Bio

Clinical Focus


  • Obesity
  • Endocrinology
  • Type 2 Diabetes Mellitus
  • Diabetes andMetabolism

Academic Appointments


Honors & Awards


  • Career Development Award, NIH/NIMH (2007)

Professional Education


  • Board Certification: Endocrinology, Diabetes andMetabolism, American Board of Internal Medicine (2006)
  • Medical Education:UC San Diego School of Medicine (1998) CA
  • Fellowship:Stanford University Medical Center (2007) CA
  • Residency:University of Texas Southwestern Medical Center (2001) TX
  • M.S., Stanford University, Epidemiology (2007)
  • M.D., U.C. San Diego, Medicine (1998)
  • B.A., Stanford University, Psychology (1993)

Research & Scholarship

Current Research and Scholarly Interests


We are interested in studying the pathophysiological processes that contribute to glucose intolerance and type 2 diabetes mellitus. My current research focuses on characterizing pancreatic beta-cell function in populations with significant insulin resistance and vulnerability to developing diabetes: individuals with schizophrenia, morbid obesity, and history of gestational diabetes.

Teaching

2013-14 Courses


Graduate and Fellowship Programs


Publications

Journal Articles


  • Pancreatic beta cell function following liraglutide-augmented weight loss in individuals with prediabetes: analysis of a randomised, placebo-controlled study. Diabetologia Kim, S. H., Liu, A., Ariel, D., Abbasi, F., Lamendola, C., Grove, K., Tomasso, V., Reaven, G. 2014; 57 (3): 455-462

    Abstract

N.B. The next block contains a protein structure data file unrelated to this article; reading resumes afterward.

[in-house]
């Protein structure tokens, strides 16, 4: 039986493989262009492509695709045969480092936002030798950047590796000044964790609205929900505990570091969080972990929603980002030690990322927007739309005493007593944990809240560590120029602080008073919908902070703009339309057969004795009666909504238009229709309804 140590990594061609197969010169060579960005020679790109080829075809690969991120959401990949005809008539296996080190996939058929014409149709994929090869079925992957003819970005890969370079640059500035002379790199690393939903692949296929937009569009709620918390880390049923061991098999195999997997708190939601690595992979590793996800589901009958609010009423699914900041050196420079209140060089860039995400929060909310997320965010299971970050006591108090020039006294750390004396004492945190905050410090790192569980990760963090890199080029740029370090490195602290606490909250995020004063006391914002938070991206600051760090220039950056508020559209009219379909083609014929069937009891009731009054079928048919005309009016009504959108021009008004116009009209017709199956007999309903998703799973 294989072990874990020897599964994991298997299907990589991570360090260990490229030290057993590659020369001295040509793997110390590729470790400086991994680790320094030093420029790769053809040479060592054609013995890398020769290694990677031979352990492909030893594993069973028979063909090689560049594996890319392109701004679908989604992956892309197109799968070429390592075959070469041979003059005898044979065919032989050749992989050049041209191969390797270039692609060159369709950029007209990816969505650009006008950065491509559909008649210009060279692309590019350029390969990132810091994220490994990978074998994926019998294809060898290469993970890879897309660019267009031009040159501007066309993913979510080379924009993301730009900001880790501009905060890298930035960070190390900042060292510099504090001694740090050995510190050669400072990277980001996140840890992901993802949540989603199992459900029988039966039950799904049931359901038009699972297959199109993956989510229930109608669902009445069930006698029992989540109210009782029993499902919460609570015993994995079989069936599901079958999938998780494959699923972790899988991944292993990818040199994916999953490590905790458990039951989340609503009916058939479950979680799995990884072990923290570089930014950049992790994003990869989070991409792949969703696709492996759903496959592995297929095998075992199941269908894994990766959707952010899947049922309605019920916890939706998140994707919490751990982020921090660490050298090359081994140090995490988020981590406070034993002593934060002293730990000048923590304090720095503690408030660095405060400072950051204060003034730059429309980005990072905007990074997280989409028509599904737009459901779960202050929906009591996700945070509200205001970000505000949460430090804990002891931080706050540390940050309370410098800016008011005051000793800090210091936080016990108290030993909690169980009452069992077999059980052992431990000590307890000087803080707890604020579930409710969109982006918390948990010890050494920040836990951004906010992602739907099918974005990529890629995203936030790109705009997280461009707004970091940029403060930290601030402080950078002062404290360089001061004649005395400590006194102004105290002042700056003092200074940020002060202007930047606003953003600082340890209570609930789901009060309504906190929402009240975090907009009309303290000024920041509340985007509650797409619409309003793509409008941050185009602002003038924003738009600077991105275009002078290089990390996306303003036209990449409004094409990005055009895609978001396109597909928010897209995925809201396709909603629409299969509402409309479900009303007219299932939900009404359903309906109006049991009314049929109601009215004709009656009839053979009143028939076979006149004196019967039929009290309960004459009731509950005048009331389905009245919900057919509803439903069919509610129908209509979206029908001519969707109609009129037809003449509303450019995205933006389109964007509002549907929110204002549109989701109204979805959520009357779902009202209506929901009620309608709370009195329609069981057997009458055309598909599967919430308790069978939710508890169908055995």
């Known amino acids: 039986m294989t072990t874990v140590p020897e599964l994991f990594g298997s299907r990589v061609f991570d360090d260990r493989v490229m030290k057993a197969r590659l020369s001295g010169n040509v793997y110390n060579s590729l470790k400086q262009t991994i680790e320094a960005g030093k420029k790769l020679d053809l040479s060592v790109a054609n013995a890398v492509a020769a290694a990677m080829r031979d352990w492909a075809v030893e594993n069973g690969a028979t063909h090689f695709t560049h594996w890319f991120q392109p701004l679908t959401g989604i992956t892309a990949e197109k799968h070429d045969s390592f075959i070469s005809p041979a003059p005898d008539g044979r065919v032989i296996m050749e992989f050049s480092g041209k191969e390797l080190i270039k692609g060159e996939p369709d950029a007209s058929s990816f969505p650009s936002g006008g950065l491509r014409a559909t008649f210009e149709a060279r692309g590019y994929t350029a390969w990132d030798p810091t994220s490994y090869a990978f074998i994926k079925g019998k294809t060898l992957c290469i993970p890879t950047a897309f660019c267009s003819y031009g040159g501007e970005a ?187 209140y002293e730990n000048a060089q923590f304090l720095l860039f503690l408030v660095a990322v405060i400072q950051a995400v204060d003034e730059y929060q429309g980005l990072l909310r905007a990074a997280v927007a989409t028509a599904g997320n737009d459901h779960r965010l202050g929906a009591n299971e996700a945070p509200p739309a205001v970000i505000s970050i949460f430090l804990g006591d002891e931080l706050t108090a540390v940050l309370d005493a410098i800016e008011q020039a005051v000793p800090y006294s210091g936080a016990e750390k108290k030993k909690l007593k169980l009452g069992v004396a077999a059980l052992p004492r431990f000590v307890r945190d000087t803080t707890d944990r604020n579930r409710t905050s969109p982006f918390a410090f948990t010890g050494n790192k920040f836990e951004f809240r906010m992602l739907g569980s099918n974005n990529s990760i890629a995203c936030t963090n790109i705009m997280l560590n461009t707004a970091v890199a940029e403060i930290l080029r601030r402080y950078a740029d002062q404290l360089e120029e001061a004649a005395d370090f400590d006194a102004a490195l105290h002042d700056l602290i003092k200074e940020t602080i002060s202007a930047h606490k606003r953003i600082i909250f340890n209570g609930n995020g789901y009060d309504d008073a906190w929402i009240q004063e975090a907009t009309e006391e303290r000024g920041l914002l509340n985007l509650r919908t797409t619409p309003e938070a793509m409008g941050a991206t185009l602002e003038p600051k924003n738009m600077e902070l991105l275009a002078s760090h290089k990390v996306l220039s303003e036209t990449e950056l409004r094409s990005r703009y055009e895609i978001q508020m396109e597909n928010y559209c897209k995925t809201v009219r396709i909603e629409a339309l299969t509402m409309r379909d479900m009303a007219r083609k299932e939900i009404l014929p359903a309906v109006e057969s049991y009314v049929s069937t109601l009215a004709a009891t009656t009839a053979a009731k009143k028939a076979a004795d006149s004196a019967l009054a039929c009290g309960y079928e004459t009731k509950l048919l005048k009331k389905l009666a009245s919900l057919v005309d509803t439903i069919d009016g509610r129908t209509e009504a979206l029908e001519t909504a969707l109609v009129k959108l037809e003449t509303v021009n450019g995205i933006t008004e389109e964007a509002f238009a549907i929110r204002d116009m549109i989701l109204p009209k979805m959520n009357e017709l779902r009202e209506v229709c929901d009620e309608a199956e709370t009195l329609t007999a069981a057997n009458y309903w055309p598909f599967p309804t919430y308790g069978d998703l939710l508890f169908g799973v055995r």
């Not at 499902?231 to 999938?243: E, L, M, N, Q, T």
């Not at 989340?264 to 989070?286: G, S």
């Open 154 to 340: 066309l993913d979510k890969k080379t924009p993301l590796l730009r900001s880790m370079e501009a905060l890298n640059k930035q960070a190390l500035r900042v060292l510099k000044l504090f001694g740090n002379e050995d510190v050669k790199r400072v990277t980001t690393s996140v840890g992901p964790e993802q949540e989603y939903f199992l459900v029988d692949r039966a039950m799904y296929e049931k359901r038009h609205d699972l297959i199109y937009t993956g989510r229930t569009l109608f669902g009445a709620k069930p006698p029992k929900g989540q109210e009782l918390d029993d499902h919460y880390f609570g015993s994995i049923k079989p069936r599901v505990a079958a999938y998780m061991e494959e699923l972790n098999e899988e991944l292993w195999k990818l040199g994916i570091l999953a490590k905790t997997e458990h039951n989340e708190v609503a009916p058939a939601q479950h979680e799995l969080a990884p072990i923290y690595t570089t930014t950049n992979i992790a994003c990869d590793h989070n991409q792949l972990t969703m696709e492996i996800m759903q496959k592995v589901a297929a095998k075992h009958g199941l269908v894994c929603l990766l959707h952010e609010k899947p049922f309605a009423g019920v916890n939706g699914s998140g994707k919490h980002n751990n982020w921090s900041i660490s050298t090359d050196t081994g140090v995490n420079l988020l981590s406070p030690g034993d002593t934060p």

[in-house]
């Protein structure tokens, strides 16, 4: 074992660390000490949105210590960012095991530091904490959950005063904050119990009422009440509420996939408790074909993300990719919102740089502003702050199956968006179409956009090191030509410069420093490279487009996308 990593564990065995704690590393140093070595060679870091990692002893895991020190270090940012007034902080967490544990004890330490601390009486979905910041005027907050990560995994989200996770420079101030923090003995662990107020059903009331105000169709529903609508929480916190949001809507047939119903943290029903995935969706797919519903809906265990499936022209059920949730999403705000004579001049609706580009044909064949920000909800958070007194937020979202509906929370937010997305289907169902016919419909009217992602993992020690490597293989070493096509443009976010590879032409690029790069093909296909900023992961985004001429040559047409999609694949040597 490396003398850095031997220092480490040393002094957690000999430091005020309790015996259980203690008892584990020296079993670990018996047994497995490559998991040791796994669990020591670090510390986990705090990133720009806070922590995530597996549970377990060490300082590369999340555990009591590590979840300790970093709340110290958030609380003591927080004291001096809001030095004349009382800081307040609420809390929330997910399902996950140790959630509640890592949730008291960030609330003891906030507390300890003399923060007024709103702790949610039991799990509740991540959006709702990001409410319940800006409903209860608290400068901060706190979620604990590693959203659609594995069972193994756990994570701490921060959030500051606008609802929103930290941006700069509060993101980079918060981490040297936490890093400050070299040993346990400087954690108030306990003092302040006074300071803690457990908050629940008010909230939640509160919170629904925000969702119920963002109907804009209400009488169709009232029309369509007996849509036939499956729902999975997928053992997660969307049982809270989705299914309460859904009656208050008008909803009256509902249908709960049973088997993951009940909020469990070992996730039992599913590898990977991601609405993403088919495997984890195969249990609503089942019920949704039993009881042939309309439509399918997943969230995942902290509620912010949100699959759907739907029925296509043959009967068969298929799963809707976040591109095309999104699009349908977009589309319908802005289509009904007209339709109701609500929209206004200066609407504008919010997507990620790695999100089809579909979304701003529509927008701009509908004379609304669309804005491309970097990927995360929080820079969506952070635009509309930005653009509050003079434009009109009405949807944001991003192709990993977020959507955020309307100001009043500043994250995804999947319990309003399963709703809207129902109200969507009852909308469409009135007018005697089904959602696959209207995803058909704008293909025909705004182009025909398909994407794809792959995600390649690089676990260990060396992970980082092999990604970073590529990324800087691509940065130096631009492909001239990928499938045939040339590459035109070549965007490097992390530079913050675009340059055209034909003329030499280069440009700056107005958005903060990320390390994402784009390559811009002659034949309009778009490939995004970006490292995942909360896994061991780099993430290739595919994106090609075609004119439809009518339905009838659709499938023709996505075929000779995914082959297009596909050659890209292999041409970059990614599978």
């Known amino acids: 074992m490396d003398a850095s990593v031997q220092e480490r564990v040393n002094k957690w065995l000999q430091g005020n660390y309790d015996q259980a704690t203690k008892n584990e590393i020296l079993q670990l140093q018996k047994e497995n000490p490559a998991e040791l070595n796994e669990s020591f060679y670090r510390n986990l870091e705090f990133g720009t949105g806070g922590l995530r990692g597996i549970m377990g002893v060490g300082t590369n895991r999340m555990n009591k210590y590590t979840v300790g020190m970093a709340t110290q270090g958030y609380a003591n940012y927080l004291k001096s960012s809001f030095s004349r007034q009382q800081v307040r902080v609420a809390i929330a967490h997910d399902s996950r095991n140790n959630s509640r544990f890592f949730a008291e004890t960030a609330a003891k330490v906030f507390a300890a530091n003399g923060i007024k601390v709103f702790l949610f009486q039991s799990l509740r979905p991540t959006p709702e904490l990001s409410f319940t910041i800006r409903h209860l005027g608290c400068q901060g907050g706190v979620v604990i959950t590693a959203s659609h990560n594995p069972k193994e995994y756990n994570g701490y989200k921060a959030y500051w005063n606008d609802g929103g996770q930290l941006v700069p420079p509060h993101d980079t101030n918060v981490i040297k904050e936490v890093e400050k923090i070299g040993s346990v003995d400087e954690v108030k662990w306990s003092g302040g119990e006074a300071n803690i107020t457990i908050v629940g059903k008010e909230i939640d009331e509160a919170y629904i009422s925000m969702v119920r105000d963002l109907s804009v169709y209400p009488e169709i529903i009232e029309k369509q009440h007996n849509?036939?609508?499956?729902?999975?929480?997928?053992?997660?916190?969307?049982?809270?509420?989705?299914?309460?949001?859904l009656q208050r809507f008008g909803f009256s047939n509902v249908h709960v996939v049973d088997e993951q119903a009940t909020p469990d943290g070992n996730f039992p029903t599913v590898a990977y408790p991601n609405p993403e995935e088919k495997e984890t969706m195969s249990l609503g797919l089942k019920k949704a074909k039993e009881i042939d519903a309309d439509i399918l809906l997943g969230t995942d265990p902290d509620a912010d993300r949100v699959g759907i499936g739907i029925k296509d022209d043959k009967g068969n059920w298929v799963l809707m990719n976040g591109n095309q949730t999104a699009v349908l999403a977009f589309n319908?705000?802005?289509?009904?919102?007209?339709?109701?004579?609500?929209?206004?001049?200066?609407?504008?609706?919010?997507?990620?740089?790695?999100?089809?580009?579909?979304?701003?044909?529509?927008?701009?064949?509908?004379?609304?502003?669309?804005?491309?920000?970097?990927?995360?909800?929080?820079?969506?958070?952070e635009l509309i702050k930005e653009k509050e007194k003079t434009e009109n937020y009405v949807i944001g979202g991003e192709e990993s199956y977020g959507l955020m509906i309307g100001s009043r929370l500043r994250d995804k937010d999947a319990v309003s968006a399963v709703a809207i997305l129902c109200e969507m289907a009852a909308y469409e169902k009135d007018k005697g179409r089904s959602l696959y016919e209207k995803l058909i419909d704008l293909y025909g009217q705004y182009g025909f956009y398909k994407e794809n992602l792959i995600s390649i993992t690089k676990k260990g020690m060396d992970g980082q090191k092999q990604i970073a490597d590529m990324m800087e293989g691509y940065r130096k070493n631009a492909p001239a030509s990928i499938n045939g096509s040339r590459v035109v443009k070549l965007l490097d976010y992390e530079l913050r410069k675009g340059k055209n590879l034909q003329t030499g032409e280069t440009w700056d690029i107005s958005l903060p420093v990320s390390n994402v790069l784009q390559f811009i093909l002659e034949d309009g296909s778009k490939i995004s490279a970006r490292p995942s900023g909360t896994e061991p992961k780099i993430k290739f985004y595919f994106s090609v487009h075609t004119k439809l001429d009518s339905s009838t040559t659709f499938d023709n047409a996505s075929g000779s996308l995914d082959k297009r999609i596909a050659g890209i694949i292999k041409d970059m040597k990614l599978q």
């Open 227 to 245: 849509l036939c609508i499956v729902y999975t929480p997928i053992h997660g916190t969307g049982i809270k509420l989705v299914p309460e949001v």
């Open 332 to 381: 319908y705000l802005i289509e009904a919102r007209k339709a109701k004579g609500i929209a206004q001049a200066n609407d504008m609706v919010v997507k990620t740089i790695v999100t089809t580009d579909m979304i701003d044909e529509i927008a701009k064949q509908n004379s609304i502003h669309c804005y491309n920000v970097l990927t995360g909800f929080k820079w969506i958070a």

Liraglutide can modulate insulin secretion by directly stimulating beta cells or indirectly through weight loss and enhanced insulin sensitivity. Recently, we showed that liraglutide treatment in overweight individuals with prediabetes (impaired fasting glucose and/or impaired glucose tolerance) led to greater weight loss (-7.7% vs -3.9%) and improvement in insulin resistance compared with placebo. The current study evaluates the effects on beta cell function of weight loss augmented by liraglutide compared with weight loss alone.This was a parallel, randomised study conducted in a single academic centre. Both participants and study administrators were blinded to treatment assignment. Individuals who were 40-70 years old, overweight (BMI 27-40 kg/m(2)) and with prediabetes were randomised (via a computerised system) to receive liraglutide (n = 35) or matching placebo (n = 33), and 49 participants were analysed. All were instructed to follow an energy-restricted diet. Primary outcome was insulin secretory function, which was evaluated in response to graded infusions of glucose and day-long mixed meals.Liraglutide treatment (n = 24) significantly (p ≤ 0.03) increased the insulin secretion rate (% mean change [95% CI]; 21% [12, 31] vs -4% [-11, 3]) and pancreatic beta cell sensitivity to intravenous glucose (229% [161, 276] vs -0.5% (-15, 14]), and decreased insulin clearance rate (-3.5% [-11, 4] vs 8.2 [0.2, 16]) as compared with placebo (n = 25). The liraglutide-treated group also had significantly (p ≤ 0.03) lower day-long glucose (-8.2% [-11, -6] vs -0.1 [-3, 2]) and NEFA concentrations (-14 [-20, -8] vs -2.1 [-10, 6]) following mixed meals, whereas day-long insulin concentrations did not significantly differ as compared with placebo. In a multivariate regression analysis, weight loss was associated with a decrease in insulin secretion rate and day-long glucose and insulin concentrations in the placebo group (p ≤ 0.05), but there was no association with weight loss in the liraglutide group. The most common side effect of liraglutide was nausea.A direct stimulatory effect on beta cell function was the predominant change in liraglutide-augmented weight loss. These changes appear to be independent of weight loss.ClinicalTrials.gov NCT01784965 FUNDING: The study was funded by the ADA.